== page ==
Koons R. C. (2011). Dark satanic mills of mis-education: some proposals for reform. Humanitas, 24(1 and 3), 134-150.

Kromydas, T. (2017). Rethinking higher education and its relationship with social inequalities: past knowledge, present state and future potential. Palgrave Communications, 3(1), 1-12.

Larkins, F. (2019). Anomalies in the Research Excellence ERA Performances of Australian Universities. University of Melbourne.

https://melbournecshe.unimelb.edu.au/__data/assets/pdf_file/0009/3078099/FP-LARKINS_University-Performances-ERA-2018-12.pdf

Levenson, CW. (2010). Enhancing undergraduate research in the arts and humanities. Peer Review, Spring, 12(2), 13-15.

Meynell, H. (2010). Philosophy and the desolation of the humanities. The Heythrop Journal, 51(6), 975-981.

Miller, T. 2012. Blow up the Humanities. Temple University Press, Philadelphia.

Mykal, O. (2017). Why China is interested in Ukraine. The Diplomat, Akademia.edu, 1-6.

https://thediplomat.com/2016/03/why-china-is-interested-in-ukraine/

Newport-Peace, D. (2021). Creative arts in higher education snapshot: Outside opinion commissioned by the Australian Council of Deans and Directors of Creative Arts (DDCA). Melbourne.

Nussbaum, M. C. (2010). Not for profit: why democracy needs the humanities. Princeton: Princeton University Press.

Oliveros, P., Miller, L., Heyen, J., Siddall, G., Hazard, S. (2011). A taxonomy for listening and performing ‘in-between’ migratory spaces using mobile apps. Music and Medicine: An Interdisciplinary Journal, 3(3), 172-181.

Organisation for Economic Cooperation and Development (OECD) (2017). Future of work and skills. Paper presented at the 2nd meeting of the G20 employment working group, Hamburg, Germany.

Pan, D. 1998. The crisis of the humanities and the end of the university’. Telos: Critical Theory of the Contemporary. 111, 69-106.

Payne, D. (2022). Remaking the humanities: neoliberal logics, wicked problems, and survival post covid’, Journal of Arts & Humanities, 11(1), 23-37.

https://www.theartsjournal.org/index.php/site/article/view/2205/1008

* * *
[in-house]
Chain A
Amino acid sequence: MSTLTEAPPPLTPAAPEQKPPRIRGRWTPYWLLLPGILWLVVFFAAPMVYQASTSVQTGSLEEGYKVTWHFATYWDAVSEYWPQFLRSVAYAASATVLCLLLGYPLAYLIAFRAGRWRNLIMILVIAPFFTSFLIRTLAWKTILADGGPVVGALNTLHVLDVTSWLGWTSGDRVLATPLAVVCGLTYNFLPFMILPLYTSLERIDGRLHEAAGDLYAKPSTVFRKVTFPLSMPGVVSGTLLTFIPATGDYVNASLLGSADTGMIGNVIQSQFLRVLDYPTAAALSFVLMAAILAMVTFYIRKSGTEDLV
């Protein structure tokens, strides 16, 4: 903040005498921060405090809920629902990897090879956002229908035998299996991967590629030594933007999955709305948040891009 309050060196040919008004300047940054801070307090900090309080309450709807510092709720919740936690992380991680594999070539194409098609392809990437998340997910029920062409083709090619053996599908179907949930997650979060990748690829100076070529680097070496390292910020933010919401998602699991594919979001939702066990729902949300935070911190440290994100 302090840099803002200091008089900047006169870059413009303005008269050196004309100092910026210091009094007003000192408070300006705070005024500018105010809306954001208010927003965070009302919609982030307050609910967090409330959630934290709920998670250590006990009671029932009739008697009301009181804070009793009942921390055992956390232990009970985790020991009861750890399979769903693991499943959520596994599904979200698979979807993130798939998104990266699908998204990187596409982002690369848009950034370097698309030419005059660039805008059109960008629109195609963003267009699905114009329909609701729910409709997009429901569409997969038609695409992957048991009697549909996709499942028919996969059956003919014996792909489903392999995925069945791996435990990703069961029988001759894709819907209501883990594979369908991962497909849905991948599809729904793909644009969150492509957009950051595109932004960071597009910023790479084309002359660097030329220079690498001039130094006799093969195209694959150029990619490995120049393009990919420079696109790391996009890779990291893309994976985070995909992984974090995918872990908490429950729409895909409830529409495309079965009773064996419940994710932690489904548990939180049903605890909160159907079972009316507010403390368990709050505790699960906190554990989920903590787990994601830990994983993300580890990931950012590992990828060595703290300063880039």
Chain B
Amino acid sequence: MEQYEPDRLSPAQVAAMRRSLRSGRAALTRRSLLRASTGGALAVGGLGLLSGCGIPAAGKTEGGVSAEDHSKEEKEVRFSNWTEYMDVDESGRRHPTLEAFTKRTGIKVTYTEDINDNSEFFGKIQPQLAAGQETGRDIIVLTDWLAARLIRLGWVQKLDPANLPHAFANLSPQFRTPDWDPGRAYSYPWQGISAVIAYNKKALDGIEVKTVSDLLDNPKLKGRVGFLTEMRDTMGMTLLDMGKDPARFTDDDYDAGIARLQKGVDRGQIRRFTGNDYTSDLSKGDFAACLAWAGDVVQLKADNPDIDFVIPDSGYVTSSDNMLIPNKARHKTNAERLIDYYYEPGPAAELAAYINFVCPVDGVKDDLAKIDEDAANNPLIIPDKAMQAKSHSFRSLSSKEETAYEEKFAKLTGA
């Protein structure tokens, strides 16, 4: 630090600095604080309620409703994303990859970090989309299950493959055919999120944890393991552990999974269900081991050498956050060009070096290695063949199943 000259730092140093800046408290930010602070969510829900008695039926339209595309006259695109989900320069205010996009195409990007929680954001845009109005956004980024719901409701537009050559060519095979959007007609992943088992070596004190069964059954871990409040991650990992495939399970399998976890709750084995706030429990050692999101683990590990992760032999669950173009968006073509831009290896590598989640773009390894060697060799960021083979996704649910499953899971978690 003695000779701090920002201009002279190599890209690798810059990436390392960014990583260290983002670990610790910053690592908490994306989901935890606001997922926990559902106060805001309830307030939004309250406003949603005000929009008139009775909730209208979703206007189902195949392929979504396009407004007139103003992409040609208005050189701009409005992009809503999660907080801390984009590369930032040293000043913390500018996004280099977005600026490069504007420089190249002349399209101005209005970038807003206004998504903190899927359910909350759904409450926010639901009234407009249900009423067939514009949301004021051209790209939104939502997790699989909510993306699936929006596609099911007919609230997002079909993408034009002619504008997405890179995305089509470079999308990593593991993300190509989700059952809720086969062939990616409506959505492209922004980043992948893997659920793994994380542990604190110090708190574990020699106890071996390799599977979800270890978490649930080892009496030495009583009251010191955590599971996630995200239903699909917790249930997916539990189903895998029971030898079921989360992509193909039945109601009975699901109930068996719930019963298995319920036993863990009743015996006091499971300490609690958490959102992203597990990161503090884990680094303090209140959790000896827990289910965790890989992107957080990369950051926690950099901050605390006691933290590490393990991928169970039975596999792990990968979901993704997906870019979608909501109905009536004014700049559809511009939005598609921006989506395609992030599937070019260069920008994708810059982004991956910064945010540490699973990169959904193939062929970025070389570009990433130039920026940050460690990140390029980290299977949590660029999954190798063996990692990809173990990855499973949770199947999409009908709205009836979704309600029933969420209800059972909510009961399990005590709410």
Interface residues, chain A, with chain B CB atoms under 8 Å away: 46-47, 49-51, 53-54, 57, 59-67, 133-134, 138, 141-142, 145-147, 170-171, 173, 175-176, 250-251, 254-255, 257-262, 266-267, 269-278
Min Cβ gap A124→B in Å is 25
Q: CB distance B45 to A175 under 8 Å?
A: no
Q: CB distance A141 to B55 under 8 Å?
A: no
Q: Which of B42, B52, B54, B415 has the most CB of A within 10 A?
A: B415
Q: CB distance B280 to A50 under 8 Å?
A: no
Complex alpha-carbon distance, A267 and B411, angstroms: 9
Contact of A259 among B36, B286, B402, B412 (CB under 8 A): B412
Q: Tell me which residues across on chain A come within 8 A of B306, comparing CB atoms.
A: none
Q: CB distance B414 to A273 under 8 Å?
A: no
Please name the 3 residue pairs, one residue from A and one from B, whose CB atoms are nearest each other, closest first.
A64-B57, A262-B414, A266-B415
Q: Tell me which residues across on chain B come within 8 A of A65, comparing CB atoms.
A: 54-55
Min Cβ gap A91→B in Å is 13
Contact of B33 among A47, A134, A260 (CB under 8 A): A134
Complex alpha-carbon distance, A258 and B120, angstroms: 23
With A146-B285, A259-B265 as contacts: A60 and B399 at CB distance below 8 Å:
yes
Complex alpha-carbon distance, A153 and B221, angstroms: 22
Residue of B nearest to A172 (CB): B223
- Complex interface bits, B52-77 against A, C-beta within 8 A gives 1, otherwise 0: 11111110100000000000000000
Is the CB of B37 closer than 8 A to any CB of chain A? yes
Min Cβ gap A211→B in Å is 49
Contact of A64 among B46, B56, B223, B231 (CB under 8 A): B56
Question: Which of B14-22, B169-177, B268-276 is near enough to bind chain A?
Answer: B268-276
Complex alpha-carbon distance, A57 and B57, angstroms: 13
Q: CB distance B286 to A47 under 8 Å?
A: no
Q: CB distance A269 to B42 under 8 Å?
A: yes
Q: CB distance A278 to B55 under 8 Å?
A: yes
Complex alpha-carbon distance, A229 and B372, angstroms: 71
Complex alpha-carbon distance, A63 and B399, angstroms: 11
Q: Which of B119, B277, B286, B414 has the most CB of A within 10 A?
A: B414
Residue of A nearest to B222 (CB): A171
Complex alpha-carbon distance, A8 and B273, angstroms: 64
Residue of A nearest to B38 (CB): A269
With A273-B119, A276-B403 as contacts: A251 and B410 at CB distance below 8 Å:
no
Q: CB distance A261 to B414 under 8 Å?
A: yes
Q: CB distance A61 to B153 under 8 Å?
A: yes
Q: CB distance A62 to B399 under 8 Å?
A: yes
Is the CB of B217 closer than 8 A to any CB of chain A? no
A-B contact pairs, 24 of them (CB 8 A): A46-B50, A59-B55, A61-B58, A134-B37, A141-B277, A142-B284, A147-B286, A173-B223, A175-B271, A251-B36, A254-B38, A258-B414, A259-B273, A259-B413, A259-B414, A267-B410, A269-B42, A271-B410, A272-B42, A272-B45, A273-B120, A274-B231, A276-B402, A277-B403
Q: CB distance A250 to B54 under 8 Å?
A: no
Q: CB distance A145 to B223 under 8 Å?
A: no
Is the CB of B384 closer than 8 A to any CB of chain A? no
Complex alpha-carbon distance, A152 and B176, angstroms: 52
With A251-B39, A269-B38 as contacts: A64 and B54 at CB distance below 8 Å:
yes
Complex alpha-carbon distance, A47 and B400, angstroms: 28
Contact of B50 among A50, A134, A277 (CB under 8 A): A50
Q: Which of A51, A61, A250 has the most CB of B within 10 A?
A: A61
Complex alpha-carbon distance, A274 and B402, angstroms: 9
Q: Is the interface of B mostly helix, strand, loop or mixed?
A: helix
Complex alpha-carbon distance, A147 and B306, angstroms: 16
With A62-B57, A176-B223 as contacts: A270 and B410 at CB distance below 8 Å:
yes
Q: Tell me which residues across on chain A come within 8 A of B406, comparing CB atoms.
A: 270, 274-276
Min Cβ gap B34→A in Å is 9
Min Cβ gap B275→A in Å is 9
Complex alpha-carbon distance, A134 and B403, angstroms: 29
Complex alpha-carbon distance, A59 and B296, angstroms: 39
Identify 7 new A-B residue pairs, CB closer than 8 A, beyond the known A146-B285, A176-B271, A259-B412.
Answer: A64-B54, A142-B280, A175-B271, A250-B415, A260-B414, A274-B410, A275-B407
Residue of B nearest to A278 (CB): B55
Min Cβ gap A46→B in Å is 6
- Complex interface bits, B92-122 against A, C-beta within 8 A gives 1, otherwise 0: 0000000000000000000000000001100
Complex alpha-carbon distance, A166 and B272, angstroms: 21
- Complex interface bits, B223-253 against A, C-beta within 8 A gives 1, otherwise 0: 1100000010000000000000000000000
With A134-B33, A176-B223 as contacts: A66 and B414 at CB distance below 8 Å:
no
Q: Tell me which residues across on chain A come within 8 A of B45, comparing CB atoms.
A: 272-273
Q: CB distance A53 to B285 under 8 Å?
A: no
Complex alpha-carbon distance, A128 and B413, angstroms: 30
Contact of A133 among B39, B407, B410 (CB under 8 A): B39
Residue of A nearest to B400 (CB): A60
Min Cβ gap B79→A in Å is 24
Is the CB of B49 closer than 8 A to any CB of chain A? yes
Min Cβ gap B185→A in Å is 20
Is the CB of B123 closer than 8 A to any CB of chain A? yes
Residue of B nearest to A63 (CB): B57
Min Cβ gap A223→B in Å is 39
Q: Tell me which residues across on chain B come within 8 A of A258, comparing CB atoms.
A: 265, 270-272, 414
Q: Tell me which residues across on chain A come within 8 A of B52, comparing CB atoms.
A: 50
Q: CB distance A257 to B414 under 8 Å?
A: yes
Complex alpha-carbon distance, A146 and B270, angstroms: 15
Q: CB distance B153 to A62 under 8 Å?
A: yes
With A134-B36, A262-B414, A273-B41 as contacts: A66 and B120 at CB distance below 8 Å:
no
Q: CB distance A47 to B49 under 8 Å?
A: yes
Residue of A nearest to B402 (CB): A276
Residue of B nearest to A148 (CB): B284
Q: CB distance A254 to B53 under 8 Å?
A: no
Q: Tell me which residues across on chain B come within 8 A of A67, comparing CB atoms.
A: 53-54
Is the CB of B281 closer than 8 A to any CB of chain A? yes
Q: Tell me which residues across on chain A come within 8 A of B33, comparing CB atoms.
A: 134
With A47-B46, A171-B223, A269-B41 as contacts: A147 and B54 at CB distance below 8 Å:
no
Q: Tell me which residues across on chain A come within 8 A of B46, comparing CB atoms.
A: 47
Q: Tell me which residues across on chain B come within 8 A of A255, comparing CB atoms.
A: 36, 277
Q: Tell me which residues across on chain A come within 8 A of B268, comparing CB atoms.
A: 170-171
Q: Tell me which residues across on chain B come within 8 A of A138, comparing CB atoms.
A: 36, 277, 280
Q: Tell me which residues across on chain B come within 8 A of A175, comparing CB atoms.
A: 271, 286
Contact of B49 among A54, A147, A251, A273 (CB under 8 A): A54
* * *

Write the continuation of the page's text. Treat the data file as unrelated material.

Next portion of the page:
Pitman, T. and Berman, J. E. (2009). Of what benefit and to whom? Linking Australian humanities research with its ‘end users’. Journal of Higher Education Policy and Management, 31(4), 315-326.

Pratt, L. R. (2010). Going public: political discourse and the faculty voice. in Bérubé, M. and Nelson, C. (Eds.) (1995). Higher Education Under Fire, 35-51.

Scott, J. W. (1995). The rhetoric of crisis in higher education. In Bérubé, M. and Nelson, C. (Eds.) (1995). Higher Education Under Fire, 293-304.

Sörlin, S. (2018). Humanities of transformation: from crisis and critique towards the emerging integrative humanities. Research Evaluation, 27(4), 287-297.

Tallis, R. (1999). Sokal and Bricmont: Is this the beginning of the end of the dark ages in the humanities? PN Review; Manchester, 25(6), 35-42.

Tytler, R., Bridgstock, R., White, P., Mather, D., McCandless, T., Grant-Iramu, M. (2019). 100 jobs of the future. Deakin University Report.

https://100jobsofthefuture.com/report/100jobsofthefuturereport-SCREEN.pdf

Tzeng, P. (2017). Ukraine v. Russia and Philippines v. China: jurisdiction and legitimacy, Denver Journal of International Law and Policy, January, 46(1), 1-21.

Xian, Z. (2016). The crisis in humanities and ‘invented tradition’. European Review, 24(2), 243-252.

Yachnin, P. (2016). The crisis in the humanities—what would Shakespeare do? Humanities, 5(31), 1-7.

Downloads

Published

2022-09-16